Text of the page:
Struggling to speak English like a native English speaker?
Many individuals who are learning English as a second language suffer due to a very frustrating issue that they are unable to speak like natives. They put a lot of efforts into their studies so that they can talk with appropriate vocabulary, grammar, and expressions. However, when they speak, they occasionally hear comments like this:
I’m sorry! Would you please repeat that?
It’s annoying! Your level of fluency will be constantly undervalued if your English pronunciation is poor. Making friends might be very difficult if you have a poor accent. According to studies, companies in the US frequently favor applicants for more prestigious positions who speak with standard American and British accents.
How can you speak like a native English speaker?
Here I have crafted some selective ideas that can help you to speak English like native people.
1. Memorize some local expressions:
After taking classes in the English language, you could find that when you communicate with native speakers, they don’t always grasp what you’re trying to say. You may have also observed that if a student belonging to a different country attempts to speak in your native tongue it doesn’t sound very natural.
In addition to pronunciation, vocabulary, and verb conjugation, local expressions also contribute to our potential to sound more natural when speaking the English language. Such terms as slang, colloquialisms, regional idioms, and local jokes are included in local expressions. Consider the examples below.
Speak soon– means Goodbye
Hands are tied– means can’t do anything about that, (my hands are tied, or they can’t do anything – their hands are tied.
No worries- means there’s nothing to worry about
Piece of cake- means that’s easy
Observe how we are using words in a totally different way.
2. Work on your pronunciation:
Anyone learning the English language is aware that, often, spelling isn’t very helpful if we want to know how to pronounce a word correctly. Look at the bolded words below; do you know how to pronounce them?
Maybe you pronounce subtle as sab-tl, choir as ko-ir, often as of-tin, and cache as kach-ee. If you are doing that, let me tell you these are the wrong pronunciations. The correct ones are as follows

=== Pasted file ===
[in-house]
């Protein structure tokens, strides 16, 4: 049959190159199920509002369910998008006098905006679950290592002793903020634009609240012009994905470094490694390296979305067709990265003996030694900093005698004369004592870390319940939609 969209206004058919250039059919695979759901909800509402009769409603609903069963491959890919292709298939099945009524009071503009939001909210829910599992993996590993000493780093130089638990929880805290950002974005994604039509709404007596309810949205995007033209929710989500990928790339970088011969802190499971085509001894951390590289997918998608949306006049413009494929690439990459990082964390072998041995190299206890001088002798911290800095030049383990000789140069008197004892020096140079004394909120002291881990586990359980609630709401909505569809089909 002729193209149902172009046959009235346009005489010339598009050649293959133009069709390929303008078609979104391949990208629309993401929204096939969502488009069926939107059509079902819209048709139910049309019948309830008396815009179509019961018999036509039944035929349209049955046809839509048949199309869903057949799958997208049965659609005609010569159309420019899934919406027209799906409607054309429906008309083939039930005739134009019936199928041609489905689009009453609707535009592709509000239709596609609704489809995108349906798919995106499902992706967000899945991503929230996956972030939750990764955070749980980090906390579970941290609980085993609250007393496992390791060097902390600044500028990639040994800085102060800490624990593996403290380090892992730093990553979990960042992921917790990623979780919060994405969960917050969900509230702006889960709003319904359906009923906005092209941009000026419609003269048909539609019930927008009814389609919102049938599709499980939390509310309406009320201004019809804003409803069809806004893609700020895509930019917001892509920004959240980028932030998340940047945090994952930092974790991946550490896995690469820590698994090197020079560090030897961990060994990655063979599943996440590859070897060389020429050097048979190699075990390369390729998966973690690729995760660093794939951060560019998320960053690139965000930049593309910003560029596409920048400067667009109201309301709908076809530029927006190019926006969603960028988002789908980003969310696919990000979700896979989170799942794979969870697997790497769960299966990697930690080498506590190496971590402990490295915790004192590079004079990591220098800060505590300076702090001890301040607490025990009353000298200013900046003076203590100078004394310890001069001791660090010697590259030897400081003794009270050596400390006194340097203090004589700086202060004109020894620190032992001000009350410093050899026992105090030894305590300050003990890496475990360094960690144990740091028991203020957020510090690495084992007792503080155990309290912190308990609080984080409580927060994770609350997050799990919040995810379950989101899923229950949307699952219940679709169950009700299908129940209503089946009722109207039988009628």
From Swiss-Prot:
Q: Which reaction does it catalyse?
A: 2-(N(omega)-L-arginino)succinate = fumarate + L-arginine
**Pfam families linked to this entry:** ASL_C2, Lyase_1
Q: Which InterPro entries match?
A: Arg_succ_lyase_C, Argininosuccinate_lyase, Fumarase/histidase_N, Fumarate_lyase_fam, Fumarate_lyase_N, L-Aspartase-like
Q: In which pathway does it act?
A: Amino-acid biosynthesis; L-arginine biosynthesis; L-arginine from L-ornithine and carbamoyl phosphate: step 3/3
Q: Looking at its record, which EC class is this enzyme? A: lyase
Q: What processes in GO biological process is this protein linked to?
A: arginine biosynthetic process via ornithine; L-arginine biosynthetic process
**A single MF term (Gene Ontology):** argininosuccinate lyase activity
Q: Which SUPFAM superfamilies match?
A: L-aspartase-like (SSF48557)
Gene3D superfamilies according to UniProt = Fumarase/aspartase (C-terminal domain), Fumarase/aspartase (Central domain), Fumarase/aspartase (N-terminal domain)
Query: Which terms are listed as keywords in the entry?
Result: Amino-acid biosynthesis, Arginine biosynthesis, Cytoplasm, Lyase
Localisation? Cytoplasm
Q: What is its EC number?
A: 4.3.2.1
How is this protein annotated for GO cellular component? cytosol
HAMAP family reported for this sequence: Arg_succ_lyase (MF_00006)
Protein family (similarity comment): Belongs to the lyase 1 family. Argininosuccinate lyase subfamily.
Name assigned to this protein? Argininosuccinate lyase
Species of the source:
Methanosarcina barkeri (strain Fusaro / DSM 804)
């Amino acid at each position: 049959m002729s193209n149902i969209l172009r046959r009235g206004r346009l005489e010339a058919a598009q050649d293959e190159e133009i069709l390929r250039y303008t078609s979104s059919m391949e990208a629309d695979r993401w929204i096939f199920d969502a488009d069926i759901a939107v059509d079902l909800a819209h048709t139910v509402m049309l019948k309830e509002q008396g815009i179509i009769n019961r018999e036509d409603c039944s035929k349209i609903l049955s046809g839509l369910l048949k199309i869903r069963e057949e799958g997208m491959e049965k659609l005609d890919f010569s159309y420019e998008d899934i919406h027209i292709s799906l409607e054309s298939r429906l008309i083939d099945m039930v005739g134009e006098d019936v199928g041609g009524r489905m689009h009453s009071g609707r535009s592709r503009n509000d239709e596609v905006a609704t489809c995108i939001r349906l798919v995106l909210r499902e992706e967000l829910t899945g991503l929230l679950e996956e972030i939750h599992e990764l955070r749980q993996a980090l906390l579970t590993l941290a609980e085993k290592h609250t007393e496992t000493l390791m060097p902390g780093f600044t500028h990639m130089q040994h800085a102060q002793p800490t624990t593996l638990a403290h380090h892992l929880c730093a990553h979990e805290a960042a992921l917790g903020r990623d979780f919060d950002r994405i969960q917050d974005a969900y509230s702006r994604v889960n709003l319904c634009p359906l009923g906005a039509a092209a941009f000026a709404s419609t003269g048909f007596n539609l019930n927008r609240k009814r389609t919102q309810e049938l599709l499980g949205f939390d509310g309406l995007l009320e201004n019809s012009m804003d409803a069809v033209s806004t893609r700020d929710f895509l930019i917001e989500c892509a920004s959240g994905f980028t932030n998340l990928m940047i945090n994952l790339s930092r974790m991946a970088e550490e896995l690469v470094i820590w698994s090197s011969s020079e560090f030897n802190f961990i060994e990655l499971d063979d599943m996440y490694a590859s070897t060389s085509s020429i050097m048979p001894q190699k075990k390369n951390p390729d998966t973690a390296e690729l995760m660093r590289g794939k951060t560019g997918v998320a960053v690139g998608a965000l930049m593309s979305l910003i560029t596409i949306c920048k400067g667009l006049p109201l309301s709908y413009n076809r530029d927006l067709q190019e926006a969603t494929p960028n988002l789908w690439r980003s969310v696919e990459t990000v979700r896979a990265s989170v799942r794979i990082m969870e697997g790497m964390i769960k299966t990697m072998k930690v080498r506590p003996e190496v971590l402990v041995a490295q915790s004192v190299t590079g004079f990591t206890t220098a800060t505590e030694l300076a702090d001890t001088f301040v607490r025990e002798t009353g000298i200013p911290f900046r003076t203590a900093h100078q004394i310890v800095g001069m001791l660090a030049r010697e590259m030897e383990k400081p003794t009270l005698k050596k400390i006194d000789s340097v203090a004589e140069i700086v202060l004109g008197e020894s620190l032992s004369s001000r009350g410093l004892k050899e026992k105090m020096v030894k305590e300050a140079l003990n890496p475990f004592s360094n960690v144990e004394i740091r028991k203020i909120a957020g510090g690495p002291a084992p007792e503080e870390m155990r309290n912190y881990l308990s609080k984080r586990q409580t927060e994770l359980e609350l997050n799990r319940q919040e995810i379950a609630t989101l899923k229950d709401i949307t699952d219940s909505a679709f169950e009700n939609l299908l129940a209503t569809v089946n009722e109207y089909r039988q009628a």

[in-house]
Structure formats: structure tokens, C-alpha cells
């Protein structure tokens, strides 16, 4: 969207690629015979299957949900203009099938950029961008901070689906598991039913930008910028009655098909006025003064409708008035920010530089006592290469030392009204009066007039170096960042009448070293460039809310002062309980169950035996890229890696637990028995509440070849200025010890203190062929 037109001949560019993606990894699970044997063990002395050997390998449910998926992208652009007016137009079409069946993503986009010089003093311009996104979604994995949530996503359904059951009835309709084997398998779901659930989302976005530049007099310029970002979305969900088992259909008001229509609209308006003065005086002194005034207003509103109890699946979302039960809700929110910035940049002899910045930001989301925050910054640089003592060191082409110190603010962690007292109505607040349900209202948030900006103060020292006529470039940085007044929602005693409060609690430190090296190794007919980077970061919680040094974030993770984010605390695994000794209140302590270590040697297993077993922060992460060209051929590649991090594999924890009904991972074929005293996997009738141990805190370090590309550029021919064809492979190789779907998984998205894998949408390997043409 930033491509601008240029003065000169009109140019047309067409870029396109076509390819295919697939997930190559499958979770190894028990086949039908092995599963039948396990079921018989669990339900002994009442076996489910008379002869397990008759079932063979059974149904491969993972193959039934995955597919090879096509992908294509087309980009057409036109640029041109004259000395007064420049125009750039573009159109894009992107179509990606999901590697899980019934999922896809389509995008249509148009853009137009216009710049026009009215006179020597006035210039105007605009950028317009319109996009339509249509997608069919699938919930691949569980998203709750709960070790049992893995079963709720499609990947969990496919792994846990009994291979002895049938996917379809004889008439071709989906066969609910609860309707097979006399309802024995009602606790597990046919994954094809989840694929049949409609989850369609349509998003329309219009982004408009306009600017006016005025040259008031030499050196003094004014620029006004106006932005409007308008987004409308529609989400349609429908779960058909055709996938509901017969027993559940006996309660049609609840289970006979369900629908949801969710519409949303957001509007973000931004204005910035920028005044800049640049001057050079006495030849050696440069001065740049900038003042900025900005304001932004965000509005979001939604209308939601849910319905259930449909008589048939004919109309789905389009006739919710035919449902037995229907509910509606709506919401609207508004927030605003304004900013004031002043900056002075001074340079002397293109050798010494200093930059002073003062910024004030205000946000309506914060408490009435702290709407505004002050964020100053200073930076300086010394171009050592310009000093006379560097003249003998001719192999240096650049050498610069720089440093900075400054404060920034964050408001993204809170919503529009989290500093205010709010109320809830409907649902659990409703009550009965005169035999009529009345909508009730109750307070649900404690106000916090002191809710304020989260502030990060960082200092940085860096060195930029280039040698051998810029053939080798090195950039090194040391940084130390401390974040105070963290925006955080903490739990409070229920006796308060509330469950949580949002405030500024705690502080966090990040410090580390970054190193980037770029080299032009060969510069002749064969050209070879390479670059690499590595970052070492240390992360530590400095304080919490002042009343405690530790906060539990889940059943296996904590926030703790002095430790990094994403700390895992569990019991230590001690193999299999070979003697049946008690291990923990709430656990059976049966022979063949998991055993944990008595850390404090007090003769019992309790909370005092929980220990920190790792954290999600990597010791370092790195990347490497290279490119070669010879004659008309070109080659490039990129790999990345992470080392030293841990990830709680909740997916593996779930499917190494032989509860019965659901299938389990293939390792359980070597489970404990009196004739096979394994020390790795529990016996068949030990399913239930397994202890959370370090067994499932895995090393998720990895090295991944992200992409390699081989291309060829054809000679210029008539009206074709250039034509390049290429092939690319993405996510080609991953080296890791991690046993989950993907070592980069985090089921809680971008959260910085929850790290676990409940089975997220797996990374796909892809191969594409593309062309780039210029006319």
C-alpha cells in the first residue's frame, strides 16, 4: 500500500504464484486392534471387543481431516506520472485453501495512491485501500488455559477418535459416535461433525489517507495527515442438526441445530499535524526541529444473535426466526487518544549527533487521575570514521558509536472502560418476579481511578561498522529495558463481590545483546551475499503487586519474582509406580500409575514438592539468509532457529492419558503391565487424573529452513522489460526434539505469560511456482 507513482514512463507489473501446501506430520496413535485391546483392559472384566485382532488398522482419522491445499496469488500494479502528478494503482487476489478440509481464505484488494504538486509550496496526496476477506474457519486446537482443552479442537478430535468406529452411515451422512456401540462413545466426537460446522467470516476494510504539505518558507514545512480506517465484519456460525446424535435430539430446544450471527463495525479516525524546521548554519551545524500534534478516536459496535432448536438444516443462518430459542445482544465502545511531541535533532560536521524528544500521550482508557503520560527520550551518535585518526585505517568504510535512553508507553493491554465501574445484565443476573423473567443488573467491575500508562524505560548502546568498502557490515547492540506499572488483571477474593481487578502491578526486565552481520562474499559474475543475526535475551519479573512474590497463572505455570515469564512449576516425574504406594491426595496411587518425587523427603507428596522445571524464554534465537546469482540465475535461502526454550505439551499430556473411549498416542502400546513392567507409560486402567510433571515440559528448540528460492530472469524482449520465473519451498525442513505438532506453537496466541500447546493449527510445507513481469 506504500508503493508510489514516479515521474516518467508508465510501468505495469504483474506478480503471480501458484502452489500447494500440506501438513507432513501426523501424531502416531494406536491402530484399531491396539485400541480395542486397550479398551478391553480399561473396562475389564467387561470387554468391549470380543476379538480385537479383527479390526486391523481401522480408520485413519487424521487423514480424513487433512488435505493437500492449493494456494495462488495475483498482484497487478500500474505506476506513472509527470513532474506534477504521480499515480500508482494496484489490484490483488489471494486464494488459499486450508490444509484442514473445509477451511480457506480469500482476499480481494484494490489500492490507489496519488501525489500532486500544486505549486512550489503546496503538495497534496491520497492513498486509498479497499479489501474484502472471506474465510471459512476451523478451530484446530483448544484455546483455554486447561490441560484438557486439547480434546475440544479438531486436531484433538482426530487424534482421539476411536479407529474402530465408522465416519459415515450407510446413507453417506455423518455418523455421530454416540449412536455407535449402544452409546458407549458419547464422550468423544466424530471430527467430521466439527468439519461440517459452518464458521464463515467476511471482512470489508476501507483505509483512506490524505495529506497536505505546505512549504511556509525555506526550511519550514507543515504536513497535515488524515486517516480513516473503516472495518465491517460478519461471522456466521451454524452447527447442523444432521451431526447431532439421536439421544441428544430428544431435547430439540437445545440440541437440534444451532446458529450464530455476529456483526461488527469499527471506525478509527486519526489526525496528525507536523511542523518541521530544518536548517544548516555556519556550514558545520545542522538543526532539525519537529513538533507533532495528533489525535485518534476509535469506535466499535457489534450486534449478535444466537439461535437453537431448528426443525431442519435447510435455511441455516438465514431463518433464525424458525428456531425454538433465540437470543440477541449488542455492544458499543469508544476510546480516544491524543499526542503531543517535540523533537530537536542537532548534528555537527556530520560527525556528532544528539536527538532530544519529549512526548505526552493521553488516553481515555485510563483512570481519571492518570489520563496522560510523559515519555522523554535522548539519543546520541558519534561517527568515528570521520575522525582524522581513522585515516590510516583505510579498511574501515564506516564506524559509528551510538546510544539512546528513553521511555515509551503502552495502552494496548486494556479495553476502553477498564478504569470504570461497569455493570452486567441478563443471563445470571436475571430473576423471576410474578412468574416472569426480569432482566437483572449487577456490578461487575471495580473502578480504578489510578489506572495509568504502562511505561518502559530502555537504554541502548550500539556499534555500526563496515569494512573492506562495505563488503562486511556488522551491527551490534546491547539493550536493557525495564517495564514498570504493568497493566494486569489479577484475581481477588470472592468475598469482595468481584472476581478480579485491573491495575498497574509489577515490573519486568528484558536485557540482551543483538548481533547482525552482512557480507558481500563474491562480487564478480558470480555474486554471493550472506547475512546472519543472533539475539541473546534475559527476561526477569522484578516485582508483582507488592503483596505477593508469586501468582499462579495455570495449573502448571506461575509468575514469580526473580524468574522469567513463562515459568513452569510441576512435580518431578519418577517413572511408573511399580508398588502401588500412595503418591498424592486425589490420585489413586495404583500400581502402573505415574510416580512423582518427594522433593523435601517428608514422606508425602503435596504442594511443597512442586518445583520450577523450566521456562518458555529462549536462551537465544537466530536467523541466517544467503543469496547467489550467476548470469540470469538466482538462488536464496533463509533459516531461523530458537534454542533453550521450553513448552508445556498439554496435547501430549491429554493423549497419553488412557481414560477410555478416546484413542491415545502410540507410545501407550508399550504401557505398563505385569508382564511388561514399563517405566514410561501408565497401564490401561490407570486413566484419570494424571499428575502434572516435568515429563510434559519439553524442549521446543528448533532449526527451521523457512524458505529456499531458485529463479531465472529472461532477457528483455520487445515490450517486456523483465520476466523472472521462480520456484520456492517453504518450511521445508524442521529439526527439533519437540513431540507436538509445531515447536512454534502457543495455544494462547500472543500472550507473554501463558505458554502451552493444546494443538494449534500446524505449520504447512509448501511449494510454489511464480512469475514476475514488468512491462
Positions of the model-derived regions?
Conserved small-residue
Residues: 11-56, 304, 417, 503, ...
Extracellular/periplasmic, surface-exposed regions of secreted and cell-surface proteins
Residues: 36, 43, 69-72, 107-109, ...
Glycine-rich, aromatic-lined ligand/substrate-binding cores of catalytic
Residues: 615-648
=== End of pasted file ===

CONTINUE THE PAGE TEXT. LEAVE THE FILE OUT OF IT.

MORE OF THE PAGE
- Subtle (sut – uhl)
- Choir (kwai-uh)
- Often (0-fn)
- Cache (kash)
Learn the right pronunciations in 12 steps
- Learn to listen
- Refer to the best online English dictionaries
- Notice the movement of your tongue and lips
- Break the words
- Put more emphasis on the sounds and words.
- Ask yourself a question. Which English accent would you like to learn?
- Write out challenging words by their sounds
- Whatever you hear write it down
- Practice tongue twisters
- Watch pronunciation videos and podcasts
- Record your accent
- Practice with your friends
3. Watch and listen to spoken English media:
Watch and listen to as much English-language media as you can. We all don’t feel like sitting down and paying attention to someone speaking our second language after a hard day. But we must try because it does make a difference. There are countless podcasts, and news channels available on TV or mobile phones. Take note of these and pay close attention. Watch a YouTube video while repeating the same words aloud. The more you watch and listen to English-language media it will get simpler to consume. Use American resources if you want to sound like a North American, and the same goes for the UK or Australia.
4. Dialogue with a native speaker:
The most crucial approach you can adopt to sound more like a native English speaker is this one.
Learn English from a native speaker. Just one-on-one real-life conversation; no memorization; no grammar.